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Cambridge Development

Cambridge site.HEIC


The purpose of the master plan of this project was to ensure that a traditional vacant lot subdivision could accommodate a high-quality residential development based on the client’s expectations. Urban design has played an important role here in developing the site master plan and associated design principles.


The project site is part of a more extensive greenfield development already started from one end within a new urban area. The site is at the end of the larger block with a dead-end situation. In this context, the challenges of the master plan include how to integrate the site with its neighbouring development and how to offer an adequate loop circulation to overcome the dead-end situation.


In this respect, the following design principles have been adopted:


  1. An integrated open space and movement network - to create a green network, celebrate and utilise the area’s natural resources appropriately, to ensure an attractive and connected movement network, especially for pedestrians and cyclists through this green network.

  2. Placement of compact housing adjacent to amenities - to ensure that the maximum number of people can live close to the area’s amenities, especially open spaces, to offer maximum use of open spaces and ensure cost-effective maintenance and management.

  3. Seamless integration with surrounding natural and built environment - to preserve the quality of the overall neighbourhood up to a particular standard, to ensure cohesion of built character, to celebrate and highlight the area’s natural environment assets, and to maximise area wise connectivity and permeability.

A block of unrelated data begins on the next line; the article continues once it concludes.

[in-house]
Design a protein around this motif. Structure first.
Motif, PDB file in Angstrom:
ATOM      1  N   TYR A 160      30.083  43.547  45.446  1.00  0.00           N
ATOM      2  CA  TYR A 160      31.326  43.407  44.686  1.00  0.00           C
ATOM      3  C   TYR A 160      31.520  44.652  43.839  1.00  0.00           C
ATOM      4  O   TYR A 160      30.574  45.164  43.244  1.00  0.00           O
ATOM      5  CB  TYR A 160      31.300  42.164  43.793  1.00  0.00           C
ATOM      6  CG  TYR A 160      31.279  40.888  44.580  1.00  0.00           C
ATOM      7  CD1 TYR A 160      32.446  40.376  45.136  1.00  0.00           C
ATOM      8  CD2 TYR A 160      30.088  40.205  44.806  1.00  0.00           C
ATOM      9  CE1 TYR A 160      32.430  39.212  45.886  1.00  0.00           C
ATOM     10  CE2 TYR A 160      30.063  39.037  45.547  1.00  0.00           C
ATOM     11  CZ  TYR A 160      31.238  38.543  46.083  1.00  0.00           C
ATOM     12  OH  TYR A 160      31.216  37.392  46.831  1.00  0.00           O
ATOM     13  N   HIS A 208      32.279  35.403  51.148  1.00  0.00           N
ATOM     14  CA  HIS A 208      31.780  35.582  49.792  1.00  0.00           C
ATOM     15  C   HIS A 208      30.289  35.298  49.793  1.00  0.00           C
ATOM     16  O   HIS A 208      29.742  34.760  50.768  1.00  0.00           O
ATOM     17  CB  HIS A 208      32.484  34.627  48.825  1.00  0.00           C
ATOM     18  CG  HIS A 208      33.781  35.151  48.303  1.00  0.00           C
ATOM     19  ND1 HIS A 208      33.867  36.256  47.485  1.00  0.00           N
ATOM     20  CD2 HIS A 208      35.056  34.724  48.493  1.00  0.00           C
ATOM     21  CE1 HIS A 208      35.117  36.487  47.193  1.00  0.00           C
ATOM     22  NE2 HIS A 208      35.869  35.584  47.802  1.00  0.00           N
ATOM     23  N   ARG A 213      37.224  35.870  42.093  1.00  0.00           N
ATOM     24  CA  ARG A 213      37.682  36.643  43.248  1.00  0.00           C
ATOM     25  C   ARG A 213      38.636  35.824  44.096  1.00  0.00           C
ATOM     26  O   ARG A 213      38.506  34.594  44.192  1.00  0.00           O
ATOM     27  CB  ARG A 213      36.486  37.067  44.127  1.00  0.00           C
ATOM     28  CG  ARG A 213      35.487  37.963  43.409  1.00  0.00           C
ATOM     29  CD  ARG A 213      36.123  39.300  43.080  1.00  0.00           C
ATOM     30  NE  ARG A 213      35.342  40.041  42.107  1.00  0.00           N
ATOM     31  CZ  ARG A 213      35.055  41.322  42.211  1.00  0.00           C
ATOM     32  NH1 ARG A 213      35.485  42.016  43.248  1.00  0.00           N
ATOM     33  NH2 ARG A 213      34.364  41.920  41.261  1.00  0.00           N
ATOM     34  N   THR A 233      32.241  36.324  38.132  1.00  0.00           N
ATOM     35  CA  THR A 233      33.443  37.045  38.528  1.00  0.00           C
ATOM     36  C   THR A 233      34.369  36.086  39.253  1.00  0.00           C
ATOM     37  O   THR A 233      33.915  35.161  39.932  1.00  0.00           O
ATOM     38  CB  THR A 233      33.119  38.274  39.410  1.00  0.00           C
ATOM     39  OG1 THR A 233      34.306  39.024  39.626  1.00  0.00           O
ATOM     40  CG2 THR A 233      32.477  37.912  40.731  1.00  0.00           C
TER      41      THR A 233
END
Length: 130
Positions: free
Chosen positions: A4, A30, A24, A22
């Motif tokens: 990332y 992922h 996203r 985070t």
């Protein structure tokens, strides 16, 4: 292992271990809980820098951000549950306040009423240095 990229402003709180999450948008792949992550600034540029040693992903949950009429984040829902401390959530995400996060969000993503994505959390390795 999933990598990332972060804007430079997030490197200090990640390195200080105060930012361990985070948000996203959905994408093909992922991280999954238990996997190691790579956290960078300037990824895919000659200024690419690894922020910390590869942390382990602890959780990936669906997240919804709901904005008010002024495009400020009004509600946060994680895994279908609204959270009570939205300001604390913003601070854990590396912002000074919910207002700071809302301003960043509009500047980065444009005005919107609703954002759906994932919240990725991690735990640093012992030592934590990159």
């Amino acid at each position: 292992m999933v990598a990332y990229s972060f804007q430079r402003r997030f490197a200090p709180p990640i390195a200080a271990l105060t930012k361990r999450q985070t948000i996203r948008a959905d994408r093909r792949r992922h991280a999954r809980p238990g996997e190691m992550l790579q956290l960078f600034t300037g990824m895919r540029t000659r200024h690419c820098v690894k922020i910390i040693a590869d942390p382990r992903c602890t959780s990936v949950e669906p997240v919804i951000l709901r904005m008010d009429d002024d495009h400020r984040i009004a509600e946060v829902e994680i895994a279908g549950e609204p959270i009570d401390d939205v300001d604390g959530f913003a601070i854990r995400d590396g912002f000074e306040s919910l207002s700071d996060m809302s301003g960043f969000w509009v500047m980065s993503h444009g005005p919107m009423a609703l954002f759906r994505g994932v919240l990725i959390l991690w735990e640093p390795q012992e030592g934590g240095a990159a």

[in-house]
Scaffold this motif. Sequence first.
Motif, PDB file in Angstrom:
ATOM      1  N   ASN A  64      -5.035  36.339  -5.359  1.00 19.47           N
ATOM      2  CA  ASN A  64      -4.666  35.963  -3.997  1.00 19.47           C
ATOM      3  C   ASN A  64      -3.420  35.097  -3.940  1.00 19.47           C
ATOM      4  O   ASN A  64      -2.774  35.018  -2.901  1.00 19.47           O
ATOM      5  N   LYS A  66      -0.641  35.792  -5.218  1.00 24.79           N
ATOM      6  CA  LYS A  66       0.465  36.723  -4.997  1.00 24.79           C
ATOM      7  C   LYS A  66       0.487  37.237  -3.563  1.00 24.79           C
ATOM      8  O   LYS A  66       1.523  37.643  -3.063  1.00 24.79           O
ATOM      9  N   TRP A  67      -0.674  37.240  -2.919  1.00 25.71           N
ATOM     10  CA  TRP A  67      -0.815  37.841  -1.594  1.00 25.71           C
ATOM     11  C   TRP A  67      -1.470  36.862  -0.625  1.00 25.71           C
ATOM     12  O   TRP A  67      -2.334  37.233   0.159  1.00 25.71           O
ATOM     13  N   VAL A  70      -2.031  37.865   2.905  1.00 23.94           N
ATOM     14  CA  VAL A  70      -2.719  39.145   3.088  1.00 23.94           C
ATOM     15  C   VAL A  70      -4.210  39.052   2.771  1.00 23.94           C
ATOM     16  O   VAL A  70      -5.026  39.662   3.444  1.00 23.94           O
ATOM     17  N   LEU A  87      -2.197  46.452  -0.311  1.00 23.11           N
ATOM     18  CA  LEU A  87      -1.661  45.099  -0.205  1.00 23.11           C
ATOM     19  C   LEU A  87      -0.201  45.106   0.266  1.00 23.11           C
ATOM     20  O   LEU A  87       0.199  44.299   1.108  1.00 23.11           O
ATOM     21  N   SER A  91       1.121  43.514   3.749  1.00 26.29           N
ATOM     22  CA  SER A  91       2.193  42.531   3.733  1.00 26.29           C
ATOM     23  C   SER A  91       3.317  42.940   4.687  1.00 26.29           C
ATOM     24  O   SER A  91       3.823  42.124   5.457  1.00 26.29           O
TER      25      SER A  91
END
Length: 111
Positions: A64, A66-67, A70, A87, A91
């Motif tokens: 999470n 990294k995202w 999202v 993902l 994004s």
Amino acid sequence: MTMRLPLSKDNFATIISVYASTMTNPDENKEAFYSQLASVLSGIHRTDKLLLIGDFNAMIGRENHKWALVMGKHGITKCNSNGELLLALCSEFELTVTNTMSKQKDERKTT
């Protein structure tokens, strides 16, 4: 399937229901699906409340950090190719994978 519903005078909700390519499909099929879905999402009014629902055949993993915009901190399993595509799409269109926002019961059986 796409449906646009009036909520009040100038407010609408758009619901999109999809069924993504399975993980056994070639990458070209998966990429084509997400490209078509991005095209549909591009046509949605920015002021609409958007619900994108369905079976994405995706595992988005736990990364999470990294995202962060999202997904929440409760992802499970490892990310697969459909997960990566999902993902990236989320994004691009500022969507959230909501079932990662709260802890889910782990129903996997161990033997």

Based on the above design principles, the design proposal has been presented through two illustrative drawings, which are:


  1. A Development Framework Plan - This represents the skeleton of the development proposal and includes block layout with their shapes, sizes and orientation. At the same time, this plan includes a movement and open space network, establishing a clear picture of where key open spaces are located and how these will be interconnected. In addition, a roading hierarchy and associated geometric dimensions and alignments are part of this plan.

  2. A Master Plan includes lot layout, lot typology distribution, shapes and sizes. The layout accommodates some conventional freehold lots for stand-alone houses, some medium-sized lots for either small detached or zero lot line houses and some super lots for comprehensive terrace or duplex type houses. The plan has been illustrated with different colours to differentiate various lot typologies.

The design proposal also includes possible house designs for some medium density housing lots to demonstrate their overall built form outcomes and how these designs will complement the overall master plan proposal. The most critical design considerations for house design were - the public-private interface and direct connection between the internal living and outdoor open spaces. 

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